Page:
Contributed by ACCA, in their own words
New legislation will place greater emphasis on previously decided tax cases.
Legislation is to be introduced that will give HMRC the power to issue a notice to a taxpayer to the effect that a previously decided case also determines their dispute, and that they should therefore settle their own dispute. If the taxpayer does not make upfront payment of the tax in dispute, there will be at risk of a penalty.
This measure will affect those taxpayers who have sought tax advantages through tax avoidance schemes, and in particular those schemes marketed to large numbers of people, so that one judicial ruling is likely to have a wide application.
Under the self-assessment regime, a taxpayer can usually claim the benefit of the tax advantage created by the scheme as part of their self-assessed tax liability and therefore retain the cash benefit while the dispute is resolved. However this new measure puts these taxpayers on the same footing as those that claim a repayment, because currently repayments can be withheld by HMRC while a dispute is resolved. In future the disputed tax will sit with the Exchequer whether the taxpayer is in a repayment or a liability situation.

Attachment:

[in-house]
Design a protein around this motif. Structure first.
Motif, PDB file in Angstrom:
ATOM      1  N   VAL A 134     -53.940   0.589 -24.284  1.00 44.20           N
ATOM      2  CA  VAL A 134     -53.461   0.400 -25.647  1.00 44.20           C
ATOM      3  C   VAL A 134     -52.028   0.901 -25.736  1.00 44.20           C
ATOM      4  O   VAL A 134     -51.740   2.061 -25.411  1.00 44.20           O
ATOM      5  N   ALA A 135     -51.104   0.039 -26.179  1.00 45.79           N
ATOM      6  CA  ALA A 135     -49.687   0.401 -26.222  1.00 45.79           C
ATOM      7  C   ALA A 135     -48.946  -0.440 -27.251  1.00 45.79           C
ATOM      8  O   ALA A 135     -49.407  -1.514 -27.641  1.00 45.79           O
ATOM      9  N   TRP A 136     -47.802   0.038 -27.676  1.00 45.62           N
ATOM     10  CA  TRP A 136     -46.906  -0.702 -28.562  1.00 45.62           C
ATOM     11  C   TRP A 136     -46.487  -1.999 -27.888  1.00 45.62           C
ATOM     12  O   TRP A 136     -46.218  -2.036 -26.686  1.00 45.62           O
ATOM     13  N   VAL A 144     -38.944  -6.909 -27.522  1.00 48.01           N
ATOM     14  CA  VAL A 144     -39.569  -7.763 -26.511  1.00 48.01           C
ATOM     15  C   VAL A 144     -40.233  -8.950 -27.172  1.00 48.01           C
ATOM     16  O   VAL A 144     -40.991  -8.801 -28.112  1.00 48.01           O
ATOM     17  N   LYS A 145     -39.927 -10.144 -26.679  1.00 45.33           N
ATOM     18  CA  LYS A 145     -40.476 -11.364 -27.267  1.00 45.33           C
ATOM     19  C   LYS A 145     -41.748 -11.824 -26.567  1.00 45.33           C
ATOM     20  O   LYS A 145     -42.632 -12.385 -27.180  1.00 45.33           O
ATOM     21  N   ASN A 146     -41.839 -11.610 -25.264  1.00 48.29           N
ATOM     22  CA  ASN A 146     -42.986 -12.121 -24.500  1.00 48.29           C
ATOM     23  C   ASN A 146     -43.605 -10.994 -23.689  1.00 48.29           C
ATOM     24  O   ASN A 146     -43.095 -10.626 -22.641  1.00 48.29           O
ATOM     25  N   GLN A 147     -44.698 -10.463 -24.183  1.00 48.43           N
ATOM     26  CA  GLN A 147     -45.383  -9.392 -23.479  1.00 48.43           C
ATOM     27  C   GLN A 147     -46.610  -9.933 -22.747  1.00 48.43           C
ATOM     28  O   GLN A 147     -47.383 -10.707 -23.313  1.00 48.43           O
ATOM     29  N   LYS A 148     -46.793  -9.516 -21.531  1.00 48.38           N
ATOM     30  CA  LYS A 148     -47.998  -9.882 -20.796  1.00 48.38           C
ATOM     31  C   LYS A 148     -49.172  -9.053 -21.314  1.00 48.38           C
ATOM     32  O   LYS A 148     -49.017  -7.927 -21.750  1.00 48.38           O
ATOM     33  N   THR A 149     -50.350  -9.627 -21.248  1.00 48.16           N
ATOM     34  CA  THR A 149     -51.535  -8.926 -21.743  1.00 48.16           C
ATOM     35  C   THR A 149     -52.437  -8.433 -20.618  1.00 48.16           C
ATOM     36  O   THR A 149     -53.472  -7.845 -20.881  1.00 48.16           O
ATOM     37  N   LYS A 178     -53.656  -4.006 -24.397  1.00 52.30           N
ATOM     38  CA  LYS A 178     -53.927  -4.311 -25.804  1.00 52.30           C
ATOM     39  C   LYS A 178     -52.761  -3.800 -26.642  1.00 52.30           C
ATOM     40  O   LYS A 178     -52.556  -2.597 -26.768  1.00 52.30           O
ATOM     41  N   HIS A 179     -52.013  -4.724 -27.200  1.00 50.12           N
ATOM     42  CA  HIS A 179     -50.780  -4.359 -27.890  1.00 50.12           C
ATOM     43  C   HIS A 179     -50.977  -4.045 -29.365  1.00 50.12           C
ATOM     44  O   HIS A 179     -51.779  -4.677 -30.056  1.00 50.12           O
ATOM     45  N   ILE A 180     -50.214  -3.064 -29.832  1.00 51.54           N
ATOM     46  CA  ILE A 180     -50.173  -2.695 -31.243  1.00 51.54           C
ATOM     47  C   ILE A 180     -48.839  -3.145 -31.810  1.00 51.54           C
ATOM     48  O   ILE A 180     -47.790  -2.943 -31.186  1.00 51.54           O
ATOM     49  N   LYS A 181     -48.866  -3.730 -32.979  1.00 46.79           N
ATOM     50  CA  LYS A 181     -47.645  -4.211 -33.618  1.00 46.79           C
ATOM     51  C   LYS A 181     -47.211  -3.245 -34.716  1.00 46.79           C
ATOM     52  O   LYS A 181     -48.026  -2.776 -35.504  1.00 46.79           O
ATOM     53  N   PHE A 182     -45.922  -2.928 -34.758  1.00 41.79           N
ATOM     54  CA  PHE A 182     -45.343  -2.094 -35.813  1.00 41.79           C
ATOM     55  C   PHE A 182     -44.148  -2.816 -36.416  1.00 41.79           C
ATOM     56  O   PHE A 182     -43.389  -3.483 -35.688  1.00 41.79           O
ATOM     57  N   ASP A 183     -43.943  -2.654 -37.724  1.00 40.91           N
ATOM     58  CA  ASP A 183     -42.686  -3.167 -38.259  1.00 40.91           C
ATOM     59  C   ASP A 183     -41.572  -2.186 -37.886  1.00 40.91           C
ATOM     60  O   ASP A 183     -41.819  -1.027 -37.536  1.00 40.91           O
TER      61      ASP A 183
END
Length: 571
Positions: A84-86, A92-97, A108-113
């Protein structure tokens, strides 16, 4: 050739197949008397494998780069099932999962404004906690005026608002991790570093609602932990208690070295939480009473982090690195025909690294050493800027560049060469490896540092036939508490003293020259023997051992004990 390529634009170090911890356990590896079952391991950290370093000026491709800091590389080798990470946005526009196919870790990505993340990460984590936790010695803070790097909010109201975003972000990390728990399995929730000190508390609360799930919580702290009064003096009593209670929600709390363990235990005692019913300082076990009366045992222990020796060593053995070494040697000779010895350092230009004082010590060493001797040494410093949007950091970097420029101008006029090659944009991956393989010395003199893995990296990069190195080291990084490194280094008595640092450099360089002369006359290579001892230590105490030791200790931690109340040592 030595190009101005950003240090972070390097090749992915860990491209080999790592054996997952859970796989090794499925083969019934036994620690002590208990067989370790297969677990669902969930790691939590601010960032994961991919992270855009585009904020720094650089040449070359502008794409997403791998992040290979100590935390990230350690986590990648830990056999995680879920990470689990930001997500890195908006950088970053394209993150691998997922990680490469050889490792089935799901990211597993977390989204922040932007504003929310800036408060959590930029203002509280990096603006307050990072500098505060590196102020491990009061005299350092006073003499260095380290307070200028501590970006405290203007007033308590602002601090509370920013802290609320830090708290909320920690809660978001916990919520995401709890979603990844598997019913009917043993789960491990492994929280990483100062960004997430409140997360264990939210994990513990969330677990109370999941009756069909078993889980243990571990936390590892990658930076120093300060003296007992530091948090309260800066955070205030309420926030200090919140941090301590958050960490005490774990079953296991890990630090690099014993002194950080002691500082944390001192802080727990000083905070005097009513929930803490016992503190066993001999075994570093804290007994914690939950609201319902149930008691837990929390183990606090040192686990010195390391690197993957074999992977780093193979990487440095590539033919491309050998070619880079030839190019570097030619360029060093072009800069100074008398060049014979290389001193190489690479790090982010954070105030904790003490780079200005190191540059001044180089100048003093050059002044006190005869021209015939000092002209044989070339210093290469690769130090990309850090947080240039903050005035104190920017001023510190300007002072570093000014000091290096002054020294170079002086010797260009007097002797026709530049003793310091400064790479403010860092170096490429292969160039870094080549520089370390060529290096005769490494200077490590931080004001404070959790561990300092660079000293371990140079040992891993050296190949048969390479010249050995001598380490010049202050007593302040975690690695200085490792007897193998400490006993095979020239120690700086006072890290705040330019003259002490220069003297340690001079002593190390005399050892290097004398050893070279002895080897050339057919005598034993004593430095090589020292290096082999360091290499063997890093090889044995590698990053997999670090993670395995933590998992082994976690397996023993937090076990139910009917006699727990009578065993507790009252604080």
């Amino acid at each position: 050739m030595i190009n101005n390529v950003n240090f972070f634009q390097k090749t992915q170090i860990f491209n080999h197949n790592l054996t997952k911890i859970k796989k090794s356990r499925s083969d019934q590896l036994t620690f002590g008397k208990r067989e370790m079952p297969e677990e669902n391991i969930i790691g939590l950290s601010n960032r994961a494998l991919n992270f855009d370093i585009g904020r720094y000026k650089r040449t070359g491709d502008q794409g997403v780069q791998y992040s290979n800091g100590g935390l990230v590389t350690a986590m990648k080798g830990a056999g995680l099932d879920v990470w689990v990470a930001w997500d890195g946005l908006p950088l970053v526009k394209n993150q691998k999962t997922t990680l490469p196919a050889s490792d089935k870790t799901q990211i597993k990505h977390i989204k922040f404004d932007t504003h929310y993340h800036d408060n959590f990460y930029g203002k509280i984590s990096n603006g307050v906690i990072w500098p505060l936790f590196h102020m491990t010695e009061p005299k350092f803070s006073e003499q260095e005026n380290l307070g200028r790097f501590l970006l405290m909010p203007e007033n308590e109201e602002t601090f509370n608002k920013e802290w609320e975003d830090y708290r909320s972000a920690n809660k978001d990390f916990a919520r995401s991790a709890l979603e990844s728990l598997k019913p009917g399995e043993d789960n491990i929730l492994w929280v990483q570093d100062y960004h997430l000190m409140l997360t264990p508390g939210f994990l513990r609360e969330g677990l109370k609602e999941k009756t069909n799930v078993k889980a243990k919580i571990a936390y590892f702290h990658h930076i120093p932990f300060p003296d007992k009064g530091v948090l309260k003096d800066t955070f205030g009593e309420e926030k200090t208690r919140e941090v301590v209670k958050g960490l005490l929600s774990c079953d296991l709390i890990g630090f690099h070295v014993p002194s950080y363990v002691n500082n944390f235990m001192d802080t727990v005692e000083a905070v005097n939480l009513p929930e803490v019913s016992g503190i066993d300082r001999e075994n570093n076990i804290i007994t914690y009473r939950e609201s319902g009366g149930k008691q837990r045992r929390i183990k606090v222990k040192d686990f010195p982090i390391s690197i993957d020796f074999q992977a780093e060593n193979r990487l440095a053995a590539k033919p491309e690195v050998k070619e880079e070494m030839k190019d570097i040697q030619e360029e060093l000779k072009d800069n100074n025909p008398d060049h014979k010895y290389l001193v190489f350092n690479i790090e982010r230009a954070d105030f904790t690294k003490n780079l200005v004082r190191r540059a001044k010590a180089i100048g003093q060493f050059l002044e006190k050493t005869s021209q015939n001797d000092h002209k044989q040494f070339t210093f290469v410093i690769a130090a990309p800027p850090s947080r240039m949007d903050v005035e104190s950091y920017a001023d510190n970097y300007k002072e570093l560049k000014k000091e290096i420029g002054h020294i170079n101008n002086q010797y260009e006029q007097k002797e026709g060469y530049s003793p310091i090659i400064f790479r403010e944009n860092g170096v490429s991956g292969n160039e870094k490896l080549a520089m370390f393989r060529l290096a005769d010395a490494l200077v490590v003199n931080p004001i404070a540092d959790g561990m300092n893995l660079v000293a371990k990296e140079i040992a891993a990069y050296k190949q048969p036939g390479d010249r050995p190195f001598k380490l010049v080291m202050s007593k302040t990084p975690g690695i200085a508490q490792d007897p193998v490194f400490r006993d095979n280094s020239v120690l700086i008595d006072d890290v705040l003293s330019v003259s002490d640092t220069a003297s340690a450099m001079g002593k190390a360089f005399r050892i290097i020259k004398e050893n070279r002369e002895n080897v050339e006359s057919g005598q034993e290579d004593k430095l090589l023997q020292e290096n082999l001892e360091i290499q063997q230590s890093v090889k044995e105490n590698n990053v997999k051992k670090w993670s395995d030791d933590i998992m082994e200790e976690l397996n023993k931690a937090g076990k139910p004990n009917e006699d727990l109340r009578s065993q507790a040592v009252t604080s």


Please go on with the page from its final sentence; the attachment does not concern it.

It is proposed that these measures will have effect from the date that the Finance Bill 2014 receives Royal Assent, and will be applicable to all cases where there is an open enquiry or open appeal on or after the day of Royal Assent and where there has been or will be a relevant qualifying judgment.